I’ve been thinking quite a bit, recently, about the relationship between UI and programming. A programming language is certainly a user interface – but usually a poor one from a human factors standpoint. And a UI can be considered a PL – a way for a human to communicate to a computer… but is usually a poor one with respect to modularity, composition, safety, extensibility, and other properties.
What I would like to see is a unification of the two. To me, this means: We should be able to take all the adjectives describing a great PL, and apply them to our UI. We should be able to take the adjectives describing a great UI, and apply them to our PL. Manipulating the UI is an act of programming. Programming is an act of UI manipulation.
But neither of those is general purpose.
I need something that works for controlling robots, developing video games, reinventing browsers and web services, interacting with a 3D printer, implementing an operating system or a device driver. I want support for open systems. Different problem domains can have different domain-specific languages – which should correspond to domain-specific UIs. However, these DSLs must integrate smoothly, and with a common paradigm for basic communication and data manipulation. Can we do this?
In August, I developed a simple but powerful idea: a user-model – hands, navigation – represented within the static definition of the program. This, coupled with the notion of ‘rendering’ the environment type, has me thinking UI/PL unification is feasible. The user-model is not a new idea. Neither even is the idea of integrating the user-model with the program. It has been done before: e.g. in a MOO, or in ToonTalk.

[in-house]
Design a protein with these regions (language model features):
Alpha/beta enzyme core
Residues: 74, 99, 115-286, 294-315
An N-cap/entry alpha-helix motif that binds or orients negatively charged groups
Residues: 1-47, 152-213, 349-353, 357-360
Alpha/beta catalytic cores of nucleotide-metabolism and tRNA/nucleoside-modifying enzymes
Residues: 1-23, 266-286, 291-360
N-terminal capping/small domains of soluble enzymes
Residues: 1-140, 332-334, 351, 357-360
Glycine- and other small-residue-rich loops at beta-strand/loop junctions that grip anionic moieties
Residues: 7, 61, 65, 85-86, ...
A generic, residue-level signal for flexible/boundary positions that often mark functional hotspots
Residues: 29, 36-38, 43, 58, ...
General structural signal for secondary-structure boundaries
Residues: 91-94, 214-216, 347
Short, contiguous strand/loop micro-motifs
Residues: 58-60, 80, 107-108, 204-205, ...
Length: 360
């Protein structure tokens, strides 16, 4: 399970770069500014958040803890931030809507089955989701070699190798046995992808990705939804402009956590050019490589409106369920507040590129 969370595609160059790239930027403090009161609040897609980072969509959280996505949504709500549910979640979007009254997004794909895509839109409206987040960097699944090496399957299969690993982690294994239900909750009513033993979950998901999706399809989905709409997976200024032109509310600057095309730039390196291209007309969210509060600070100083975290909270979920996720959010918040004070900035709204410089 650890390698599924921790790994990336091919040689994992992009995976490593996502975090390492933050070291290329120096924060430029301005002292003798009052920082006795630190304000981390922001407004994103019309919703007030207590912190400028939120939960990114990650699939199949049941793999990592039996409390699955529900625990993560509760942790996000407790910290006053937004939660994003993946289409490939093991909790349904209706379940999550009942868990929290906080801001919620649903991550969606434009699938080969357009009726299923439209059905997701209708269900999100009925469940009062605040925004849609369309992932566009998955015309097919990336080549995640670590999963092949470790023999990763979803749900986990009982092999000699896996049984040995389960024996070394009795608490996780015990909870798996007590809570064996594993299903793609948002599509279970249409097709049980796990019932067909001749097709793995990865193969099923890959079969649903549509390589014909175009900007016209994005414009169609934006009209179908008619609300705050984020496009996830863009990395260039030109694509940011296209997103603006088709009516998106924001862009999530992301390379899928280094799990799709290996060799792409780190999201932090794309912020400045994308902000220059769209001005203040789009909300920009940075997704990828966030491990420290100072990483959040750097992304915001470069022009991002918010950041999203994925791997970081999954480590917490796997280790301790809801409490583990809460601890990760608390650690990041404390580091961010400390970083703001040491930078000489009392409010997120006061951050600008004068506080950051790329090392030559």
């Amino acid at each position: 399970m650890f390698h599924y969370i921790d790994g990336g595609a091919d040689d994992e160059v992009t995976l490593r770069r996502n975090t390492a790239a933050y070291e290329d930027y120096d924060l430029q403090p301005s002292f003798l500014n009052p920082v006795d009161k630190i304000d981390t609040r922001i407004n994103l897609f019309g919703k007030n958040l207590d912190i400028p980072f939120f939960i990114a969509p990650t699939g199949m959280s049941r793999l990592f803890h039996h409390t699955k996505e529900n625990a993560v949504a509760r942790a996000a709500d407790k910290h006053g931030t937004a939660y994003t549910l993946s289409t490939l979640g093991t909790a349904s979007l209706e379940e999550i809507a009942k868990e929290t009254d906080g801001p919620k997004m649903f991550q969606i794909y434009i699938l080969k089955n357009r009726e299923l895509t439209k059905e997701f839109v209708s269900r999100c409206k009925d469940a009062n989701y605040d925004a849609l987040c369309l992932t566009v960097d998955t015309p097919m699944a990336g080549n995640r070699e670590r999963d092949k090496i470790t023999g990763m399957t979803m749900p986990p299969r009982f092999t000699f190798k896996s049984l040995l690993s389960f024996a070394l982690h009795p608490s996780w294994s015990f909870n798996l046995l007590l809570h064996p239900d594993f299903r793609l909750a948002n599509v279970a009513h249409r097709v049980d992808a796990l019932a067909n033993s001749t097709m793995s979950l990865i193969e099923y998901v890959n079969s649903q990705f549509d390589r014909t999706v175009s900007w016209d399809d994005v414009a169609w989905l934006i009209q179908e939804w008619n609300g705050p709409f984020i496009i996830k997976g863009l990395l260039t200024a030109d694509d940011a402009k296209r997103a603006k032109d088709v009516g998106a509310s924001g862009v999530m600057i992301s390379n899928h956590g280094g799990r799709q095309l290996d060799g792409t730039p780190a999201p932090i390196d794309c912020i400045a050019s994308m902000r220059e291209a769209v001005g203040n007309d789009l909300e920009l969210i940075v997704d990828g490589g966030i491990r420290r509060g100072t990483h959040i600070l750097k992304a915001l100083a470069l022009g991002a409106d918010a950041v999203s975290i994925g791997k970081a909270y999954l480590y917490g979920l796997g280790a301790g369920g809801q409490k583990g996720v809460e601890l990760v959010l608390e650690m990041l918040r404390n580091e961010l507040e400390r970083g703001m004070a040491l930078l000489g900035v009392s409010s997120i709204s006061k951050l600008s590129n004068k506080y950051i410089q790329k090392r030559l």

The only ‘new’ idea is taking this seriously, i.e. with an intention to support open systems, down-to-the-metal static optimizations, a basis for UI and mashups, and general purpose programming. I think the different mindset would have a significant impact on the design.
Most serious PLs treat the programmer as a non-entity – ‘above’ the program with pretensions of omniscience and omnipotence. Even graphical PLs do this. As a consequence, there is no direct interaction with higher level types, software components, dataflows, composition. There is no semantic ‘clipboard’ with which a programmer can wire variables together. Instead, interactions are expressed indirectly. We look under-the-hood, investigate how components work, from where they gather their data; we perhaps replicate some logic or namespace management. The barrier between syntactic and semantic manipulation is painful, but is not a crippling issue for “dead programming” languages. But UIs are live. They have live data, live values, and there is a great deal of logic underlying the acquisition and computation of those values. They have live buttons and sliders, which may correspond to capabilities controlling a robot. In many senses, peeking ‘under-the-hood’ for UIs should correspond to reflection in a PL – an alarming security risk and abstraction violation, not something we should need to depend upon. Instead, we should be able to treat time-varying data, buttons, sliders as semantic objects – signals, parameters, functions, capabilities.
Users can navigate, grab, copy, create, integrate. Users can construct tools that do so at higher levels of abstraction. The syntax becomes implicit – the gestures and manipulations, though perhaps corresponding to a stream of words in a concatenative language.
To unify UI and PL, we need our programmers to be part of our PL, just as our users are part of our UI. We simply need to do this while taking the language and UI design seriously.